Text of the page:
Hard Rock granted casino license in Atlantic City

Hard Rock had an easy time with New Jersey gambling regulators on Wednesday, gaining a license to reopen a casino and begin Atlantic City's recovery from a string of gambling hall closures on a property that President Donald Trump once hailed as "the eighth wonder of the world."

The Casino Control Commission granted a license to Hard Rock, the worldwide hotel, gambling and entertainment company owned by Florida's Seminole Indian tribe. It is reopening the former Trump Taj Mahal.

The casino is set to reopen on June 28 — the same day as another shuttered Boardwalk casino, the former Revel property, that will open as the Ocean Resort Casino. Together, the new casinos will restore as many as 6,500 of the 11,000 jobs Atlantic City lost when five of its 12 casinos went out of business since 2014. Casino officials say Hard Rock has received 50,000 applications for 4,000 jobs.

"What we have in store is going to blow people away," said Jon Lucas, chief operating officer of Hard Rock International. "It'll be a boost for the reinvention of Atlantic City."

Four casinos — The Atlantic Club, Showboat, Trump Plaza and Revel — went out of business in 2014. The Trump Taj Mahal followed in 2016.

Hard Rock gutted and is completely renovating the casino resort that Trump opened in 1990.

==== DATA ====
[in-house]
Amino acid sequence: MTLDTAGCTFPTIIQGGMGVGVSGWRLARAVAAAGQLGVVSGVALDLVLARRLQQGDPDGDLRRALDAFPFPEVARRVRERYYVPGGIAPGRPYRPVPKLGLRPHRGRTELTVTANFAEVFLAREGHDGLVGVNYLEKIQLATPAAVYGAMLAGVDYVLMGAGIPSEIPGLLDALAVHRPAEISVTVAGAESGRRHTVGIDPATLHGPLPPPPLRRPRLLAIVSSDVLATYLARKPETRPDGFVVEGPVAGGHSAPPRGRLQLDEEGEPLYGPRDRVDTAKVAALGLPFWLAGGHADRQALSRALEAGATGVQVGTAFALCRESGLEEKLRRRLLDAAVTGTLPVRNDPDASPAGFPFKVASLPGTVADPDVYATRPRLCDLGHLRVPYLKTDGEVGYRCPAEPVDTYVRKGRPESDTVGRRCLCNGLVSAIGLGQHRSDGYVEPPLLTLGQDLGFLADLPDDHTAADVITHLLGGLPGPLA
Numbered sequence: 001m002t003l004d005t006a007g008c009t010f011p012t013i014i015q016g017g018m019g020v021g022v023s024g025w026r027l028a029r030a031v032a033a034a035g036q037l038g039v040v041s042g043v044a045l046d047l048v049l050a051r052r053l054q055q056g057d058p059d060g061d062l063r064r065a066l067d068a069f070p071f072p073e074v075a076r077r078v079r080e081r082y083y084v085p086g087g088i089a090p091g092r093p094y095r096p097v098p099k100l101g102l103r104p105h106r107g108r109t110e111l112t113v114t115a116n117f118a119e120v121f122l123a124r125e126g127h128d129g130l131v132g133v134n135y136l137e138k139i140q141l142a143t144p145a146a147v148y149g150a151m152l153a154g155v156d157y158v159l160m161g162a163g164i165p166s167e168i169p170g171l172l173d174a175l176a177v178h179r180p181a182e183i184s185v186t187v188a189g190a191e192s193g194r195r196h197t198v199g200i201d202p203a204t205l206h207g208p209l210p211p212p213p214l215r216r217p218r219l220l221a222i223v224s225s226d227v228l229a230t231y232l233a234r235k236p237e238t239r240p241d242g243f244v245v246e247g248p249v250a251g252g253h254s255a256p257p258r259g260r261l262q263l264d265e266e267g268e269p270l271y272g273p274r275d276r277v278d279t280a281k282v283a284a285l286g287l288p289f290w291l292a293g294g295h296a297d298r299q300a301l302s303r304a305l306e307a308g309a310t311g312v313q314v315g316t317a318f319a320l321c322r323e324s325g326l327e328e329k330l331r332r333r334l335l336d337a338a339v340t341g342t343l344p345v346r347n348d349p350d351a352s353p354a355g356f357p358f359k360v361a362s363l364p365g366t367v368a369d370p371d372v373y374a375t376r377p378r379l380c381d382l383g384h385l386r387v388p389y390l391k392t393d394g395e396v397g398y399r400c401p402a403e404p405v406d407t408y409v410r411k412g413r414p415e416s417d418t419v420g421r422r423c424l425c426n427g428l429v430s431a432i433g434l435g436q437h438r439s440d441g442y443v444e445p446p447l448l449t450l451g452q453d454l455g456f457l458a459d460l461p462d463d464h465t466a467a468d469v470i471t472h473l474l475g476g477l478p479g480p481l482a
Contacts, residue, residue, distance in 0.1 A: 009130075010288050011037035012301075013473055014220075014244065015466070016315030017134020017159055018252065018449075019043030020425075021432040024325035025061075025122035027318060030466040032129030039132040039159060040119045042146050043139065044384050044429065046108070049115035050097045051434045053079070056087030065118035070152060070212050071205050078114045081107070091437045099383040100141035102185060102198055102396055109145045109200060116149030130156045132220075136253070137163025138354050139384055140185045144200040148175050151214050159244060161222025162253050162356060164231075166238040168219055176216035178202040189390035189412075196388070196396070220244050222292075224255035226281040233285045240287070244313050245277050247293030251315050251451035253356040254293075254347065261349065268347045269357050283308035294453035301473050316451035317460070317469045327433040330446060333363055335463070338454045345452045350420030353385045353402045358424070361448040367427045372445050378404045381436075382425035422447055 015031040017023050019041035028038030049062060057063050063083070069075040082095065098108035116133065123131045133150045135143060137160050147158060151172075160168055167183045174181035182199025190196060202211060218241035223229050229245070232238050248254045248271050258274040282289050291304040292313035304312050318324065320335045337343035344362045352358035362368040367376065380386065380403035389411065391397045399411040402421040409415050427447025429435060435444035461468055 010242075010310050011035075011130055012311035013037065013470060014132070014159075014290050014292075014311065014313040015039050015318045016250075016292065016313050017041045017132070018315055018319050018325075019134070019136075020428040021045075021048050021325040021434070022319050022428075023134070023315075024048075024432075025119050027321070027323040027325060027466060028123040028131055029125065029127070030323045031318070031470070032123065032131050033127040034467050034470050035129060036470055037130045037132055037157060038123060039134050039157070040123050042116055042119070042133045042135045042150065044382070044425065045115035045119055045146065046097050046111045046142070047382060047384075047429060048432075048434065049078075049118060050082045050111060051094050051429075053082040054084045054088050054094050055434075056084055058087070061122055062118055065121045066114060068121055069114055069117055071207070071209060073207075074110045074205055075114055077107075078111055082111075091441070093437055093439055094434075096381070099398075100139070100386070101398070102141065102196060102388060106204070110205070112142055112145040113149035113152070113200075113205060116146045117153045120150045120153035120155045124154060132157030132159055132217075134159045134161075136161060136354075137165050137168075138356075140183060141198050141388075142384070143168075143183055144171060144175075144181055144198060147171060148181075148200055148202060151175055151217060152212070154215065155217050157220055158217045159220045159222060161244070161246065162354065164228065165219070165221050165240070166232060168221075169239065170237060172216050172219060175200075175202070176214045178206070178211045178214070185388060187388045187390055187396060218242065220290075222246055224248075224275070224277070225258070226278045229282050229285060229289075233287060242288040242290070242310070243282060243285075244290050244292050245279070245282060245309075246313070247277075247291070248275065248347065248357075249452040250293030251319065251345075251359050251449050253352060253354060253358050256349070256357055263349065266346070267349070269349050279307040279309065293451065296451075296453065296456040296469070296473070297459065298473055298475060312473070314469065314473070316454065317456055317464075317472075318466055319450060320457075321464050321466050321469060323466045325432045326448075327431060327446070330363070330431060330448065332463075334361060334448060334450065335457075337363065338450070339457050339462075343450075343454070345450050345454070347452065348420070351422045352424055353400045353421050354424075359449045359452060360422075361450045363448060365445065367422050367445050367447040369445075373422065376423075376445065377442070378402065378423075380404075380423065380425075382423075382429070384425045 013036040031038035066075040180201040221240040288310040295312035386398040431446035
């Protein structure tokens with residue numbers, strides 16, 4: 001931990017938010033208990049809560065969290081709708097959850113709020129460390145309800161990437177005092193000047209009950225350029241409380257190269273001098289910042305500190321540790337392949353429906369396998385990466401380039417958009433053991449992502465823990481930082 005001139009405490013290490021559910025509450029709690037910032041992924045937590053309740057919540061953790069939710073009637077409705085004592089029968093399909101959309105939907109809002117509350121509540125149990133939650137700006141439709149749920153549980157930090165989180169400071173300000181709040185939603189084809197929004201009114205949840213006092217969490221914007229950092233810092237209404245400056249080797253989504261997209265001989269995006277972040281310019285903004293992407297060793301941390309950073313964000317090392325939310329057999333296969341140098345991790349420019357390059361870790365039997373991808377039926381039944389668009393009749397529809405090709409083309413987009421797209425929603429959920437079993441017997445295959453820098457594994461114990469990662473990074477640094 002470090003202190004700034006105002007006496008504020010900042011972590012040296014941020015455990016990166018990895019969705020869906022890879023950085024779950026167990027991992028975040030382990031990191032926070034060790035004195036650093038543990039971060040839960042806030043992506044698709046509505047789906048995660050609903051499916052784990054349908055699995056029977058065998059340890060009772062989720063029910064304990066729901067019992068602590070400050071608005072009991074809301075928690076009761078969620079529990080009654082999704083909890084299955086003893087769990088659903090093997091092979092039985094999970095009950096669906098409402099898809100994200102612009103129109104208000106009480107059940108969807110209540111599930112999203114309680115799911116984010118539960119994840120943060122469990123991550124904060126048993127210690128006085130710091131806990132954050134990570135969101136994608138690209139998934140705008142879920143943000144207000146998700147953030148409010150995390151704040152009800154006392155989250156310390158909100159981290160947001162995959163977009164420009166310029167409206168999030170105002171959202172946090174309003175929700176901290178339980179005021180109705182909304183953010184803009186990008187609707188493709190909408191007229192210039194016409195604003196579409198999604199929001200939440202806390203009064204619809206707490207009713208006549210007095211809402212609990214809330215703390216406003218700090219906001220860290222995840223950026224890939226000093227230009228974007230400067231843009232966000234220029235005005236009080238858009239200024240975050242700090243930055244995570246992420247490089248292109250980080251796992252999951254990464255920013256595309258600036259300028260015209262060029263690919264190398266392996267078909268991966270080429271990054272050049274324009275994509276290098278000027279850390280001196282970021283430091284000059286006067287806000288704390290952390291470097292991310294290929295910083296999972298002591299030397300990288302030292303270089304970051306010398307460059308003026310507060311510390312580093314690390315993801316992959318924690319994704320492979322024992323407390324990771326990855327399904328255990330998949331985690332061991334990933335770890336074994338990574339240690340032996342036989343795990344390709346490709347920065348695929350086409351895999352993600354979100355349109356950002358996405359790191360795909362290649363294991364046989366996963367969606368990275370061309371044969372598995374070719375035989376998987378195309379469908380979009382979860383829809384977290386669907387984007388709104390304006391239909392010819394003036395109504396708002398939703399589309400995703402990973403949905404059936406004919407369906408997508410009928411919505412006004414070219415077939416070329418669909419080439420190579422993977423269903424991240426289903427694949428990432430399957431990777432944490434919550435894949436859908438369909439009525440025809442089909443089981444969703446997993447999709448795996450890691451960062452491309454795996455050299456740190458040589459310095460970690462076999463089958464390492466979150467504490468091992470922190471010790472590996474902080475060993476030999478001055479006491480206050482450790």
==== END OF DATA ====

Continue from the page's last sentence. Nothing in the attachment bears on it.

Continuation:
"We could have just re-carpeted and put up some (memorabilia). But we want to grow Atlantic City rather than just moving people from an existing facility," said James Allen, CEO of Hard Rock International.

The casino has budgeted $30 million for entertainment in its first year, Allen said. That will fund over 300 nights of live music, comedy and drama. Carrie Underwood (June 29) and Pitbull (June 30) will be the first acts to perform there.

The casino will have no debt, being self-financed by Hard Rock and its local investment partners, Allen said. The resort plans to offer internet gambling and sports betting, if it is legalized.

The Taj Mahal went bankrupt within a year of Trump's opening, and Trump lost control of it in a subsequent bankruptcy years later when bondholders took over. His friend and fellow billionaire Carl Icahn shuttered the Taj Majal in 2016, after failing to reach a labor agreement with Atlantic City's main casino workers' union.

Hard Rock bought it in March 2017 after repeatedly testing the waters in Atlantic City. It had proposed, then abandoned a plan for a smaller music-themed casino in 2011, and its executives considered buying Revel after that casino had gone dark.


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